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Nature. 2001 May 10;411(6834):212-4.

Mobilization of transposons by a mutation abolishing full DNA methylation in Arabidopsis.

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National Institute of Genetics, Mishima, Shizuoka 411-8540, Japan.


A major component of the large genomes of higher plants and vertebrates comprises transposable elements and their derivatives, which potentially reduce the stability of the genome. It has been proposed that methylation of cytosine residues may suppress transposition, but experimental evidence for this has been limited. Reduced methylation of repeat sequences results from mutations in the Arabidopsis gene DDM1 (decrease in DNA methylation), which encodes a protein similar to the chromatin-remodelling factor SWI2/SNF2 (ref. 7). In the ddm1-induced hypomethylation background, silent repeat sequences are often reactivated transcriptionally, but no transposition of endogenous elements has been observed. A striking feature of the ddm1 mutation is that it induces developmental abnormalities by causing heritable changes in other loci. Here we report that one of the ddm1-induced abnormalities is caused by insertion of CAC1, an endogenous CACTA family transposon. This class of Arabidopsis elements transposes and increases in copy number at high frequencies specifically in the ddm1 hypomethylation background. Thus the DDM1 gene not only epigenetically ensures proper gene expression, but also stabilizes transposon behaviour, possibly through chromatin remodelling or DNA methylation.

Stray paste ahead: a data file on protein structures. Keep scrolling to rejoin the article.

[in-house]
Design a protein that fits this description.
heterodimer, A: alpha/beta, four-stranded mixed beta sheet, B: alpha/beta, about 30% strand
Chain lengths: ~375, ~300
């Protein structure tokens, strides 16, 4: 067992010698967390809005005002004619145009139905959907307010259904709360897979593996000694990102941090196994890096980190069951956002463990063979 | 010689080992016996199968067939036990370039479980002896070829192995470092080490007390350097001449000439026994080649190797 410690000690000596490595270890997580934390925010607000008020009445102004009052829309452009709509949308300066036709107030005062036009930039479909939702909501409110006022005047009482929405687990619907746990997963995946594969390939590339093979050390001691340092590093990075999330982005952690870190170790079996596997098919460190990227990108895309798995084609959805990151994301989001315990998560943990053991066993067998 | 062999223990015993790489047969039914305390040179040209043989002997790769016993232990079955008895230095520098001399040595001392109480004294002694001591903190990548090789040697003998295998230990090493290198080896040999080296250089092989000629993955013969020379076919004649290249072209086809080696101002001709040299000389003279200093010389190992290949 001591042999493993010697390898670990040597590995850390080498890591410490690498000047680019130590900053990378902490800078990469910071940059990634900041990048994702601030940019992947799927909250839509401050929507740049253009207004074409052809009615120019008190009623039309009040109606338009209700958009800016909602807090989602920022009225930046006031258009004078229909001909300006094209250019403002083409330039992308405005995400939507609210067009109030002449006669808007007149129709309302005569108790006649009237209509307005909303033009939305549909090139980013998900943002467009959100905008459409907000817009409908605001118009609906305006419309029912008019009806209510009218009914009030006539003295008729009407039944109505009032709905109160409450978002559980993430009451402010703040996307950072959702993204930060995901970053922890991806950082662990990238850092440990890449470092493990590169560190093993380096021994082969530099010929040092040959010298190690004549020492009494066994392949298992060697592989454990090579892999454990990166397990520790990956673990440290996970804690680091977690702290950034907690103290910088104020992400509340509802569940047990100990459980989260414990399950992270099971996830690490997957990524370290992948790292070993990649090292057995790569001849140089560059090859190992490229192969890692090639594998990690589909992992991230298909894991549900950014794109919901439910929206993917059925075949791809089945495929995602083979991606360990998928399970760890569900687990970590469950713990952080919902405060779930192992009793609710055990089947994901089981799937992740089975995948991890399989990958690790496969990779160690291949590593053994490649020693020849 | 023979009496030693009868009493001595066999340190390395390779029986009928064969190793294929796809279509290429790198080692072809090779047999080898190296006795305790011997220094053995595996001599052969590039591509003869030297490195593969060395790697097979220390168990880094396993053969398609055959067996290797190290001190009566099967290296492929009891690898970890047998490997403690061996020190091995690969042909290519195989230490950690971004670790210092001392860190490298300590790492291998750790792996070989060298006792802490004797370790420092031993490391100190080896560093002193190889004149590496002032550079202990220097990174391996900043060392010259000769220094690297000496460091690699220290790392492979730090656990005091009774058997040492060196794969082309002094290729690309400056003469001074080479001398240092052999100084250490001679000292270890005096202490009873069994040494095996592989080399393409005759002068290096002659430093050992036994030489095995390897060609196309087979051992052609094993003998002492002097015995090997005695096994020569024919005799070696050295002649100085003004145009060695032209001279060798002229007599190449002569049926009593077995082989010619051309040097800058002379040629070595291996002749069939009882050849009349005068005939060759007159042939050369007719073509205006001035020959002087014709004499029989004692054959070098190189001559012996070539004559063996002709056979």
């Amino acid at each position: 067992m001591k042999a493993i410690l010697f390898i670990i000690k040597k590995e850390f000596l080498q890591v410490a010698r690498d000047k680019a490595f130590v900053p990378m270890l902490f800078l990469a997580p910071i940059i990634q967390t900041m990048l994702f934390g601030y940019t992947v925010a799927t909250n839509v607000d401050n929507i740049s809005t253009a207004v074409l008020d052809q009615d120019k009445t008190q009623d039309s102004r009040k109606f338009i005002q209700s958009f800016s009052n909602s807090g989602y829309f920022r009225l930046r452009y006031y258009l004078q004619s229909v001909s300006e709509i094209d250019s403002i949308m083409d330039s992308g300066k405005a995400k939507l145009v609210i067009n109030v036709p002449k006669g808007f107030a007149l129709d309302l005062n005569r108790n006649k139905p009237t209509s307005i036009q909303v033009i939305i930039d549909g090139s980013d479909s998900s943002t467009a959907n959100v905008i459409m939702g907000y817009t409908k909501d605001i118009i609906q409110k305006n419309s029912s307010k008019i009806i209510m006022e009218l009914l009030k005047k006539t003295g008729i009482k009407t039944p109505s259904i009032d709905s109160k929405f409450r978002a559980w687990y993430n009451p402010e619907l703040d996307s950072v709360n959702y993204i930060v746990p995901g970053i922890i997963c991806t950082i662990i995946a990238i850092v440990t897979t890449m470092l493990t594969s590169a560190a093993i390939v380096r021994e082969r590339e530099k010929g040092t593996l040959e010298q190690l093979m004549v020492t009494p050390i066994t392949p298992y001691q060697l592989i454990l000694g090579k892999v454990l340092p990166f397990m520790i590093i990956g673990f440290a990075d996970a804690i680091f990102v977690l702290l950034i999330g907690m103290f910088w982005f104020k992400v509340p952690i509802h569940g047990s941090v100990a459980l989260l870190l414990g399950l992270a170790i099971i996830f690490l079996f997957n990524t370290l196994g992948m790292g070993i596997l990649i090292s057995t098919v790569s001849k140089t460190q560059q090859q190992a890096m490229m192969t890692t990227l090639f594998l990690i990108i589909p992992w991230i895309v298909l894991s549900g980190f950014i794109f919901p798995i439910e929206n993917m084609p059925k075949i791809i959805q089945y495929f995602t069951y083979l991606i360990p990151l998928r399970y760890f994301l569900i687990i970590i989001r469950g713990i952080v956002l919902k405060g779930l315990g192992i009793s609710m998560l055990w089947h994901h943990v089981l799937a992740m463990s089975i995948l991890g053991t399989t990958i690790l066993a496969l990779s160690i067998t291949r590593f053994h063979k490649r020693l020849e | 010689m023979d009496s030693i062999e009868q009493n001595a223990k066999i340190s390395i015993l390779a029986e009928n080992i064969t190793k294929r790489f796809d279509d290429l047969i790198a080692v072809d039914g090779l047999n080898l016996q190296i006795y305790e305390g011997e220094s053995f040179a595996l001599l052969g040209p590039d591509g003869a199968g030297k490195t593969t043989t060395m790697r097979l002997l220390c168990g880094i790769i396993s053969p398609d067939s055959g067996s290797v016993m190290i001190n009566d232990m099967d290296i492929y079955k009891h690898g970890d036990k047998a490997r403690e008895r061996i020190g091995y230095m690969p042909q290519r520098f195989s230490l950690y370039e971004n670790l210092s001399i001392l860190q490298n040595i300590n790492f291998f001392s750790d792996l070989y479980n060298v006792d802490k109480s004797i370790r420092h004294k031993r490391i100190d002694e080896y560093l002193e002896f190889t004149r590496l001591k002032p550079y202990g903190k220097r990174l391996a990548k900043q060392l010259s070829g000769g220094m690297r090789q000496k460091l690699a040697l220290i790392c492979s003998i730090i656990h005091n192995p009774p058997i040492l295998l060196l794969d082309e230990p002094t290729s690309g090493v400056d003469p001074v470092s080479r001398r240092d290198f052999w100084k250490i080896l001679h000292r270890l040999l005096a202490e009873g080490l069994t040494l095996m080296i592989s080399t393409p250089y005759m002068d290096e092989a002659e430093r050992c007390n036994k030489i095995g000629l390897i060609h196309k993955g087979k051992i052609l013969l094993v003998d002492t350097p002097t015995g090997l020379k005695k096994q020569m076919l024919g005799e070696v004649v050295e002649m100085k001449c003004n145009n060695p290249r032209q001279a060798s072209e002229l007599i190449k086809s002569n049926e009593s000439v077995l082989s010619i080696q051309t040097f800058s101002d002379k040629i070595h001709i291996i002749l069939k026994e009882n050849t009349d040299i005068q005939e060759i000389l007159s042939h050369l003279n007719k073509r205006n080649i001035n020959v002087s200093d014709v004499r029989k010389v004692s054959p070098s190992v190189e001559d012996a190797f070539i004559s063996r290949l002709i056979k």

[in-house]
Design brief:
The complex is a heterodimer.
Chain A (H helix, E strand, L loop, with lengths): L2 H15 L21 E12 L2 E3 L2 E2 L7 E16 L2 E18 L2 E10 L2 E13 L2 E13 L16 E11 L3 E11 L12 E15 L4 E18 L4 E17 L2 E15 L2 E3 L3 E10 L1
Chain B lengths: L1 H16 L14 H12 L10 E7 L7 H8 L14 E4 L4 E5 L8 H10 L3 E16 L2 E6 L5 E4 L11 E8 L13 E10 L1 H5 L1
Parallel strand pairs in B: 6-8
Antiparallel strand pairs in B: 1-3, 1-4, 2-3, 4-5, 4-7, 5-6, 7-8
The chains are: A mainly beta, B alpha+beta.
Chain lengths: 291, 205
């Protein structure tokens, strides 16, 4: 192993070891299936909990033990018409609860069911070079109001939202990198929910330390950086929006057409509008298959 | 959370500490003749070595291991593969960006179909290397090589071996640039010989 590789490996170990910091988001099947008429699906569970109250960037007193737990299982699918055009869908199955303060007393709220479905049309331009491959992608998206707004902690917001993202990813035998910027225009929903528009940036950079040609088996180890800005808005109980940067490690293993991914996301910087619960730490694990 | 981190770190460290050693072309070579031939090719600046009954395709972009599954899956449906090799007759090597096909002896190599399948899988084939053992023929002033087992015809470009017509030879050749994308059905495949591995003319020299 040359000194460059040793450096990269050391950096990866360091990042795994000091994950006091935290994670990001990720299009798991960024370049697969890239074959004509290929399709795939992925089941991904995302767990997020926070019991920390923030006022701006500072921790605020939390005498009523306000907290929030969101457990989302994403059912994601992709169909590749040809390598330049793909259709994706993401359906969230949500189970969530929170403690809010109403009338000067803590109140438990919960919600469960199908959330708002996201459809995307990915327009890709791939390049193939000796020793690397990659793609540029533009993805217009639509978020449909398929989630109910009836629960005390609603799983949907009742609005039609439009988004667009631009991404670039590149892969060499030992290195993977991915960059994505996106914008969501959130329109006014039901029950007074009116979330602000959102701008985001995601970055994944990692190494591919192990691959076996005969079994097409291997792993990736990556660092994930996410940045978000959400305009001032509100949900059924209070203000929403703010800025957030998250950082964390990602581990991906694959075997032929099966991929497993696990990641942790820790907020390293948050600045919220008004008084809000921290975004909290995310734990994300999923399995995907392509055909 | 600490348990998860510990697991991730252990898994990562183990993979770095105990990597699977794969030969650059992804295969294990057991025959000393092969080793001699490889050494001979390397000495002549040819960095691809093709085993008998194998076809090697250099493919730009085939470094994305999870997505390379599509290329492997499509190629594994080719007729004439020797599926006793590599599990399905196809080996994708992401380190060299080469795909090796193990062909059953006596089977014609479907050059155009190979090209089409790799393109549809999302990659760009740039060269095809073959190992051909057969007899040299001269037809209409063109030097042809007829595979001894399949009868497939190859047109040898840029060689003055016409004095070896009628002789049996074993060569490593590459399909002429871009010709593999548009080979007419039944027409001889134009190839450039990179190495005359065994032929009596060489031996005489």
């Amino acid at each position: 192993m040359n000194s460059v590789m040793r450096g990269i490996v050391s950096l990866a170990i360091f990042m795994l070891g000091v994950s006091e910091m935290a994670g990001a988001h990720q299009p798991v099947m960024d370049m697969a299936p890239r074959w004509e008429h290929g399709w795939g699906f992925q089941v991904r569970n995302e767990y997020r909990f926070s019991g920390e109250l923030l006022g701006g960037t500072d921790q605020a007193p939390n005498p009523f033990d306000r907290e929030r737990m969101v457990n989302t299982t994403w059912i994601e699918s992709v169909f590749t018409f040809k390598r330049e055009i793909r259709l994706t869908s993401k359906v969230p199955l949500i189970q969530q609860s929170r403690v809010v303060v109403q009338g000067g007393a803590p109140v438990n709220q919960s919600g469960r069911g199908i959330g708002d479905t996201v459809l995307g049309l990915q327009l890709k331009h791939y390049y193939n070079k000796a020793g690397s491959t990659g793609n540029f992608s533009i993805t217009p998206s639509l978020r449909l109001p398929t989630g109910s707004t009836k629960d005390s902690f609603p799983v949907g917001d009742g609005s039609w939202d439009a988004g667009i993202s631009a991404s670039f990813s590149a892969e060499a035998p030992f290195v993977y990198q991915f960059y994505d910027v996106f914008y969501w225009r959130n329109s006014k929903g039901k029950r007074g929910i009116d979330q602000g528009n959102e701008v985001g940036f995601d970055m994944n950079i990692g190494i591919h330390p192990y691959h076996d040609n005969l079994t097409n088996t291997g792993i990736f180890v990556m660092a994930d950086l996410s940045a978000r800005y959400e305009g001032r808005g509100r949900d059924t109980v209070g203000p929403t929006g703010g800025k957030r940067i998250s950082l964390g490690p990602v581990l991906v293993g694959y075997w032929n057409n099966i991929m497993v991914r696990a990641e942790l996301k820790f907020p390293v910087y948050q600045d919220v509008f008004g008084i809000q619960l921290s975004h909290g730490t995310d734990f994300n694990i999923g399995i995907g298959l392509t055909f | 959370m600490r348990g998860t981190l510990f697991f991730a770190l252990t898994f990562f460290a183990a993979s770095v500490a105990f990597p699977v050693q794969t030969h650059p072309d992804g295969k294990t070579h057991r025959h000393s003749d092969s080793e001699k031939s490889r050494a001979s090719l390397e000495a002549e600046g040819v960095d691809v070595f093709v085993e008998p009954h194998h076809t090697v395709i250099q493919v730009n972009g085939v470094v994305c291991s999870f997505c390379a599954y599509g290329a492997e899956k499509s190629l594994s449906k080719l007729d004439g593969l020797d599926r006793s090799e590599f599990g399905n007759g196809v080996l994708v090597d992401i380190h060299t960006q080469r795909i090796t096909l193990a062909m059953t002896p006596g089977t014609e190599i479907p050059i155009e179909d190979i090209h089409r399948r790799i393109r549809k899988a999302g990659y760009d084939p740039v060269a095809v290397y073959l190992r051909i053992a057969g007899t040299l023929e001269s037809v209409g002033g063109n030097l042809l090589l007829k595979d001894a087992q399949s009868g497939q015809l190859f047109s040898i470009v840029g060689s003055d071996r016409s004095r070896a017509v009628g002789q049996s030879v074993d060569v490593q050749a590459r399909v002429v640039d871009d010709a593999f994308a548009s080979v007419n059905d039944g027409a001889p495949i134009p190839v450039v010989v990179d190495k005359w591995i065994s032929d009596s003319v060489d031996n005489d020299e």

[Indexed for MEDLINE]

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